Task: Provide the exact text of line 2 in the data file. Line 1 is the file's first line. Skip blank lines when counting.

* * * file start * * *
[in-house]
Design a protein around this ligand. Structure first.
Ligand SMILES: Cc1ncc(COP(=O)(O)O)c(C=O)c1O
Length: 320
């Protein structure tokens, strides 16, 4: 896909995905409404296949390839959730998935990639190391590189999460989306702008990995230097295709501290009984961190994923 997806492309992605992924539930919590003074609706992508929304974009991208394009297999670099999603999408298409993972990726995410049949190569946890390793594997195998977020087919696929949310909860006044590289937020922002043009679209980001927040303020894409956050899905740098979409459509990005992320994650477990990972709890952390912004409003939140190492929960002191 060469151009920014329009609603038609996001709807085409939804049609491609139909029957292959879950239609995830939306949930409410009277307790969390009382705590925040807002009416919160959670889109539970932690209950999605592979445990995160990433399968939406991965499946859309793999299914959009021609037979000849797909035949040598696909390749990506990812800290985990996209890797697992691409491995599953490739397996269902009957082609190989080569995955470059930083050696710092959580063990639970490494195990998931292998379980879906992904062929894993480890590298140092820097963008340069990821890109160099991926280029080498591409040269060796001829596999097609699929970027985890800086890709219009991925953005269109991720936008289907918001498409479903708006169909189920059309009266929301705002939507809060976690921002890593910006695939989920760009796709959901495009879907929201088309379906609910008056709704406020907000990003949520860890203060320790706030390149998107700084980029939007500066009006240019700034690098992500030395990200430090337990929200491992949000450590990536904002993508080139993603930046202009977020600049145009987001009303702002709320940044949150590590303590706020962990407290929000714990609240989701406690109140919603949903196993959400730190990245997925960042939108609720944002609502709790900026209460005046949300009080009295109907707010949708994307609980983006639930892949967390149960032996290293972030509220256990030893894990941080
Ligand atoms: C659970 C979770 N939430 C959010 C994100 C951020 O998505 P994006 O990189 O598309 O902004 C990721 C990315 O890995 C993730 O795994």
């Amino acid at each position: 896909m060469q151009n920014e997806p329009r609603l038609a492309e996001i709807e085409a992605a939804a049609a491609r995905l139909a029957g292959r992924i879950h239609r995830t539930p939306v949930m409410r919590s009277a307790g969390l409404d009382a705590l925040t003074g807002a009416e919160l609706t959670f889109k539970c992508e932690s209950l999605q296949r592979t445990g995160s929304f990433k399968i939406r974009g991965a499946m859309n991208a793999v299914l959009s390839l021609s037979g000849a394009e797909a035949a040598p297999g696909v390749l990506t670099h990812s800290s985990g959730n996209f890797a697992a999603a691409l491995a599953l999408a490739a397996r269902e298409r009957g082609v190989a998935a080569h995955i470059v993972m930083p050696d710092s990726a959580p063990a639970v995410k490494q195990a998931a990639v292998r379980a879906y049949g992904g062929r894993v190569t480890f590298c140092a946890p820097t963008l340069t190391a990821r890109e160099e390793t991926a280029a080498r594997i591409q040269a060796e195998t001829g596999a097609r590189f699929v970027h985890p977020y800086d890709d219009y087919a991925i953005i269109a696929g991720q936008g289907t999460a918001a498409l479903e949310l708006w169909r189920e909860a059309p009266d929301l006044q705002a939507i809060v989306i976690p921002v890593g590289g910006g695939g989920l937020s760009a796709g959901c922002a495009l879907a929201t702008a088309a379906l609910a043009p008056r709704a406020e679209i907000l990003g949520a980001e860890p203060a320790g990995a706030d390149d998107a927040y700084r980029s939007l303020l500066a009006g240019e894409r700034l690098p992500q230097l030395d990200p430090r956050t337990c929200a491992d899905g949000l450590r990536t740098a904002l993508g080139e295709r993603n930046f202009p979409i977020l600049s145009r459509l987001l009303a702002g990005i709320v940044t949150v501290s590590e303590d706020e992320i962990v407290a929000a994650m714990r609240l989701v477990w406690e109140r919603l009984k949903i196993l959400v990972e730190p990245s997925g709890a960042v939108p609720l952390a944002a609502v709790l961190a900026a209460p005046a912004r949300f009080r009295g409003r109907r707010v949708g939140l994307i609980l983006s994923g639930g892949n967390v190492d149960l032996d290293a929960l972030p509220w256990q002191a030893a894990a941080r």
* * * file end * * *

Design a protein around this ligand. Structure first.